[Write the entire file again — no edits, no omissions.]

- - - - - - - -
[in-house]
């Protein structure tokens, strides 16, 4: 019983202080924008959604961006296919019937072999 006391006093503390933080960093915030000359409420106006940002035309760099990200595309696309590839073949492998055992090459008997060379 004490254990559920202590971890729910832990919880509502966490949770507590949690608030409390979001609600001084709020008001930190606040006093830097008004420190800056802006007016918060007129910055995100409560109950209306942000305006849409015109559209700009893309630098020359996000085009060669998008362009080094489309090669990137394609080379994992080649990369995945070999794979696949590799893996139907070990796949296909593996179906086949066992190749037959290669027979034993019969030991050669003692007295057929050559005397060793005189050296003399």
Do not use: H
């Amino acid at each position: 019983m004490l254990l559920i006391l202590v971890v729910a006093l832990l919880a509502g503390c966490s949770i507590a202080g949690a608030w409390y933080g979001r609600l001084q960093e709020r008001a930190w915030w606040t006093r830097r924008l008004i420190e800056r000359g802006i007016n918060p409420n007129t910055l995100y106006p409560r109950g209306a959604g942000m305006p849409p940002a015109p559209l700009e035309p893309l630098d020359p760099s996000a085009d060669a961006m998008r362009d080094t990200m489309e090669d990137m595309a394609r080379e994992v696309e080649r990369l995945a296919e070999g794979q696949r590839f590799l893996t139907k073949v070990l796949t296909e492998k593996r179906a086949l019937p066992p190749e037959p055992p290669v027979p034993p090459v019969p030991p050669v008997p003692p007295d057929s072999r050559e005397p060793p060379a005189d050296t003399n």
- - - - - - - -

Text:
[in-house]
């Protein structure tokens, strides 16, 4: 019983202080924008959604961006296919019937072999 006391006093503390933080960093915030000359409420106006940002035309760099990200595309696309590839073949492998055992090459008997060379 004490254990559920202590971890729910832990919880509502966490949770507590949690608030409390979001609600001084709020008001930190606040006093830097008004420190800056802006007016918060007129910055995100409560109950209306942000305006849409015109559209700009893309630098020359996000085009060669998008362009080094489309090669990137394609080379994992080649990369995945070999794979696949590799893996139907070990796949296909593996179906086949066992190749037959290669027979034993019969030991050669003692007295057929050559005397060793005189050296003399």
Do not use: H
């Amino acid at each position: 019983m004490l254990l559920i006391l202590v971890v729910a006093l832990l919880a509502g503390c966490s949770i507590a202080g949690a608030w409390y933080g979001r609600l001084q960093e709020r008001a930190w915030w606040t006093r830097r924008l008004i420190e800056r000359g802006i007016n918060p409420n007129t910055l995100y106006p409560r109950g209306a959604g942000m305006p849409p940002a015109p559209l700009e035309p893309l630098d020359p760099s996000a085009d060669a961006m998008r362009d080094t990200m489309e090669d990137m595309a394609r080379e994992v696309e080649r990369l995945a296919e070999g794979q696949r590839f590799l893996t139907k073949v070990l796949t296909e492998k593996r179906a086949l019937p066992p190749e037959p055992p290669v027979p034993p090459v019969p030991p050669v008997p003692p007295d057929s072999r050559e005397p060793p060379a005189d050296t003399n």